A Christmas Dinner Menu to Make the Holidays Bright

You deck the halls, we’ll set the table.

Braised lamb in serving dish with pomegranate seeds, carrots, and rosemary

Christmas is at yours this year? We hoped so. When it comes to hosting one of the year’s most anticipated holidays, we assure you, you don’t need years of experience for the night to be a success. If you’re new to running the show (or even if not), we recommend reading up on the hosting essentials here. As for the food? This menu guarantees a memorable night. We know when to lean on tradition (charcuterie board, we see you) and when to introduce new ones, like our braised main and its decadent veggie side. If you’re feeling intimidated, book a Culinista chef to help you out. Don’t be surprised when you’re asked to host next year, too.

Charcuterie Board with meats, cheeses, grapes, toasts

Charcuterie & Cheese Board

As your guests trickle in, this array of soft and hard cheeses with ribboned meats will welcome them. The key to any board is choosing a variety of cooked and raw ingredients, which can combine into texturally interesting bites. Sprouted almonds, candied walnuts, dried apricots, and concord grapes are some of our favorite additions. Let your meats and cheeses come to room temperature for about an hour before serving to maximize their flavor (this is called tempering).

Radicchio and frisee winter salad

Big Green Salad

This simple salad lets peak-season lettuces and herbs do all the talking. Bitter leaves of magenta radicchio and wispy frisée get tossed with parsley and dill. Then a zesty shallot vinaigrette mellows the sharp bite, using two techniques: first, the shallot macerates in acidic lemon juice, becoming sweet and juicy; and, second, it follows our Essential Dressing Ratio below, to deliver max flavor from just a few ingredients.

Essential Dressing Equation
Braised Lamb with carrots, pomegranate seeds, & rosemary sprigs in serving dish

Braised Lamb with Carrots

A menu has the power to introduce new traditions, and we can’t think of a better way to do so than giving this juicy, balsamic-braised lamb a seat at your table. Braising is a game of low and slow cooking, either stovetop or in the oven. Try not to fuss with it, but check to ensure the liquid stays ¾ up the meat and add water as needed to promote thorough tenderizing. After gently simmering for hours with carrots and shallots, the fork-tender result gets adorned with ruby red pomegranate seeds and sprigs of woodsy rosemary.

Balsamic saucy green beans with pearl onions and sliced almonds

Balsamic Green Beans

Create menu harmony by selecting side dishes that share an ingredient with the main. Thanks to balsamic vinegar, these green beans become the ideal sidekick. Simply blanching green beans in salted water preserves their crisp texture and vegetal flavor, priming them to carry a balsamic reduction, made with sweet cipollini onions, currants, and thyme. To avoid burning the sugars, simmer the liquid on low until it reduces by half.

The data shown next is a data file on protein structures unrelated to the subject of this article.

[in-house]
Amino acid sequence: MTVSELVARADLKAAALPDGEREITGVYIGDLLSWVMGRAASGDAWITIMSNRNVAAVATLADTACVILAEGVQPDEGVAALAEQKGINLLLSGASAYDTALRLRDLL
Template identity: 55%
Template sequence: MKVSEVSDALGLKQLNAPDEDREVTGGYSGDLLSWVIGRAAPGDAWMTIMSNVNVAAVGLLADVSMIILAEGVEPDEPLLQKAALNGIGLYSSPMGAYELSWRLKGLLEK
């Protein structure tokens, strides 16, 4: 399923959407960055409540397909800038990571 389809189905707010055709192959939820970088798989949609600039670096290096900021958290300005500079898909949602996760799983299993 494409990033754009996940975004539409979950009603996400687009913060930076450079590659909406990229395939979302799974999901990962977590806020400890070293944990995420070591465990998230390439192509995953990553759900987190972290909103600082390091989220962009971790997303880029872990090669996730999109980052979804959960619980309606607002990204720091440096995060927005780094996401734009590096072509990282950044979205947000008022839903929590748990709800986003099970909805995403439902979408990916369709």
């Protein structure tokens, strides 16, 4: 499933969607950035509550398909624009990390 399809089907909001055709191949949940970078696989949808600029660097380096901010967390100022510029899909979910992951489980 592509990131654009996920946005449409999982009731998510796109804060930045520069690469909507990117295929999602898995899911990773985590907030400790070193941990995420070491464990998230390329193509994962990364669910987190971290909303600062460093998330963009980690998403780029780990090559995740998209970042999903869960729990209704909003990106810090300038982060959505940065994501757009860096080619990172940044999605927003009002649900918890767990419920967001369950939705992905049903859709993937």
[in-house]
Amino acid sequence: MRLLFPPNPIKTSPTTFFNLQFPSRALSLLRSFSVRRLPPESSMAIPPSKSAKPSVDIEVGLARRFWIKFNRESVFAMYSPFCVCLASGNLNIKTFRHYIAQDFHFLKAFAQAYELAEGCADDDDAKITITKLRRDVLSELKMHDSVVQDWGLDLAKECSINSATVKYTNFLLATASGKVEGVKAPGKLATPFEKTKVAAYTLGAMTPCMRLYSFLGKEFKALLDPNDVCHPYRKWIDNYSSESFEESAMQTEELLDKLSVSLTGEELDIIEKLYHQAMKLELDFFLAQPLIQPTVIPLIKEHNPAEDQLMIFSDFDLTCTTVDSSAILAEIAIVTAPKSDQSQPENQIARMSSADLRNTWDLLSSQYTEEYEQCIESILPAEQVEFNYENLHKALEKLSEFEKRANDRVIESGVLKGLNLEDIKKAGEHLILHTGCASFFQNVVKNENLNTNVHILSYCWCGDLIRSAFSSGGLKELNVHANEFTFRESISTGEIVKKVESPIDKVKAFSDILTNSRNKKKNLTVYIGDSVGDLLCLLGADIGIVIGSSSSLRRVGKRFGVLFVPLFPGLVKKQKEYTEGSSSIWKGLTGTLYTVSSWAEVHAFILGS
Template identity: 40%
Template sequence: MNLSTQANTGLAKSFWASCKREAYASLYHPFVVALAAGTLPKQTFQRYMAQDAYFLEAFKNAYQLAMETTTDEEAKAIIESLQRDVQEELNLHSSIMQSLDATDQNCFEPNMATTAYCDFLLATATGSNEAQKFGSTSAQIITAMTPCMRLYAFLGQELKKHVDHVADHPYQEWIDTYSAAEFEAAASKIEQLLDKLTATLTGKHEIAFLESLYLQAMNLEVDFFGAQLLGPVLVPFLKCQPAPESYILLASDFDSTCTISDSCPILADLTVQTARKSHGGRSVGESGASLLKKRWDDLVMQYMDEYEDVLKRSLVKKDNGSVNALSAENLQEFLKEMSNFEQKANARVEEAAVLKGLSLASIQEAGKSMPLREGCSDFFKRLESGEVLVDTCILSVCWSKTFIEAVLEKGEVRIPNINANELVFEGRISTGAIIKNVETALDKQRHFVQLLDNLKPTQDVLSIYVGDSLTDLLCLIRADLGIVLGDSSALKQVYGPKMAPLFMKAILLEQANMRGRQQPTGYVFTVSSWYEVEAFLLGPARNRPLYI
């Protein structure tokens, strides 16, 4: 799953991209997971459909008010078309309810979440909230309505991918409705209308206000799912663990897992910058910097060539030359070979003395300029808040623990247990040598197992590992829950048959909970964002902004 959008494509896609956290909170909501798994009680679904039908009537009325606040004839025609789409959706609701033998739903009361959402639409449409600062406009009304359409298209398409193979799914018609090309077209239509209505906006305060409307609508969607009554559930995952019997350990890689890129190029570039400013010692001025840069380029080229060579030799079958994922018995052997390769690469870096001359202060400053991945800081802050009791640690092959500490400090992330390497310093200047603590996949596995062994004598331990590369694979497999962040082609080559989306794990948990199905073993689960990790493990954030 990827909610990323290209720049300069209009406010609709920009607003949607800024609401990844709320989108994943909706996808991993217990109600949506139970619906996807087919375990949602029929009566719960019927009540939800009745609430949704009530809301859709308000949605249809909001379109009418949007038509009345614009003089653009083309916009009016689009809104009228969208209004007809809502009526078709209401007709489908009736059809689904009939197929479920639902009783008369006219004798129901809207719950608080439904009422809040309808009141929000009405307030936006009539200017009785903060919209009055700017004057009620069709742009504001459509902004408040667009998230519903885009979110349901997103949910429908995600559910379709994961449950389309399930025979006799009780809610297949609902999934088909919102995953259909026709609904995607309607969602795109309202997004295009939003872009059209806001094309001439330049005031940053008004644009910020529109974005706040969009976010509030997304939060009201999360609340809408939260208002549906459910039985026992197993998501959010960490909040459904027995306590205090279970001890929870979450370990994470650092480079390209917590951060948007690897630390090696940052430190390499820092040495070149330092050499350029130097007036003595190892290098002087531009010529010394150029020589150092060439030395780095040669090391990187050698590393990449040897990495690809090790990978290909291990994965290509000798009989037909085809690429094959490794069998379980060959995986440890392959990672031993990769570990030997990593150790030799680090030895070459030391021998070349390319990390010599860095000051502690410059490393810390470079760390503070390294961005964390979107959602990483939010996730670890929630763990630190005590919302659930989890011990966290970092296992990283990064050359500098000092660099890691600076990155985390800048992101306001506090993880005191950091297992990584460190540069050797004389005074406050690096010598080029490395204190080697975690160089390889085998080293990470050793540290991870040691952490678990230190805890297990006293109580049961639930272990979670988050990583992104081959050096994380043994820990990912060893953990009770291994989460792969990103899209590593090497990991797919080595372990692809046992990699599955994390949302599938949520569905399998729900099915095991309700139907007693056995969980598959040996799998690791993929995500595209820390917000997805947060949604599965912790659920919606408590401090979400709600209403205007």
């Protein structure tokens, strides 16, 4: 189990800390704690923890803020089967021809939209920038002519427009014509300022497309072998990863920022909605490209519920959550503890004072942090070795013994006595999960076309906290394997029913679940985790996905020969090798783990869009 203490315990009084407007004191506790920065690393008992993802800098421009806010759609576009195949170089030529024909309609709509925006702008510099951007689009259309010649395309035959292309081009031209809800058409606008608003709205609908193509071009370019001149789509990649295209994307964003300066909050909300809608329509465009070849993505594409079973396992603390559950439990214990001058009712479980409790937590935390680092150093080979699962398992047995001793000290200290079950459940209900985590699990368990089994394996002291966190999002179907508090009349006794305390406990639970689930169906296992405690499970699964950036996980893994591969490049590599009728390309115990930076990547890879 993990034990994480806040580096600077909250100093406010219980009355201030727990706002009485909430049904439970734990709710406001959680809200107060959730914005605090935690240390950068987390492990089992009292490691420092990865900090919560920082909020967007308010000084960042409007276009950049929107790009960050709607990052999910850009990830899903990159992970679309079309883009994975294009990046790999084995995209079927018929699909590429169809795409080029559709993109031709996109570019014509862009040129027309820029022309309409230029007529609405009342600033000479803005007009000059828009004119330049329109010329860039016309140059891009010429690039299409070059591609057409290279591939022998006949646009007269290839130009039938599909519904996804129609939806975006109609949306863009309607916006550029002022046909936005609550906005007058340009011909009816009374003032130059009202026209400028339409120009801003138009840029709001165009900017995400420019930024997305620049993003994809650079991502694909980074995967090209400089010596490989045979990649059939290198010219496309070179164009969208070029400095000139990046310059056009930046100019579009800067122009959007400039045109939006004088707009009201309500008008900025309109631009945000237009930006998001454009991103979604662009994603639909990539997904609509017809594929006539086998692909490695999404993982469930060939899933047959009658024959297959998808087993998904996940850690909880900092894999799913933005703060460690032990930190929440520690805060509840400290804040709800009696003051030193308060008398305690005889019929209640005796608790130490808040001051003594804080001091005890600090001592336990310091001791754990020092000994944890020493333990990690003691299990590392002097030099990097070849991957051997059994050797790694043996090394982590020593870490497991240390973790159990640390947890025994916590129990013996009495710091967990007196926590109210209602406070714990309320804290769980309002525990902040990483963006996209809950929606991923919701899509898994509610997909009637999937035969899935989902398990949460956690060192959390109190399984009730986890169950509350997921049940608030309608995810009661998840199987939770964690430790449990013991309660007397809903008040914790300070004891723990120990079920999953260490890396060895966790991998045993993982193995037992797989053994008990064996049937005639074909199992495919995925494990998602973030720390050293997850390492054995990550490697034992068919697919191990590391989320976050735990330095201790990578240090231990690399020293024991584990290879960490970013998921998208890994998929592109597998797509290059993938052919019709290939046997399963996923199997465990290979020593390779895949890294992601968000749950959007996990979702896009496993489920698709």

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Charred cabbage gratin in a serving dish with serving utensils

Charred Cabbage Gratin

You’ve met the potato gratin, but it’s time you tried the cabbage rendition. After slicing cabbage into rounds, it gets deeply caramelized and tightly shingled in a baking dish. The charred, ruffled edges get doused in a creamy gruyère gravy, followed by panko for a surface that goes golden and crisp when baked. It’s every bit as indulgent as the original, and, perhaps most importantly, the kids will love it, too.

Chocolate chip bread pudding in serving dish on table

Chocolate Chip Bread Pudding

Save room for more than a bite of this bread pudding, even if your guests show up with cookies or pastries. Chocolate chips and brioche are joined by—and soaked in—a vanilla bean-speckled custard, before getting baked. Try to wait just long enough to serve it warm with vanilla ice cream that will melt into all the crevices. What’s better? It can be assembled the day before and stored in the fridge, so all you have to do is warm it in the oven before serving.

Winter seasonal sangria bar with apples, cranberry syrup, and oranges

Fall & Winter Sangria Bar

Setting out chopped fruit, herbs, and alcohol for this Sangria Bar frees you from bartending while allowing guests to craft their drinks as they please. If you can’t choose between red or white, we couldn’t either, so this bar has both. Another hands-off route is batching your Sangria: combine winter citrus, apples, and wine with an aromatic rosemary-cranberry simple syrup overnight to meld their flavors.

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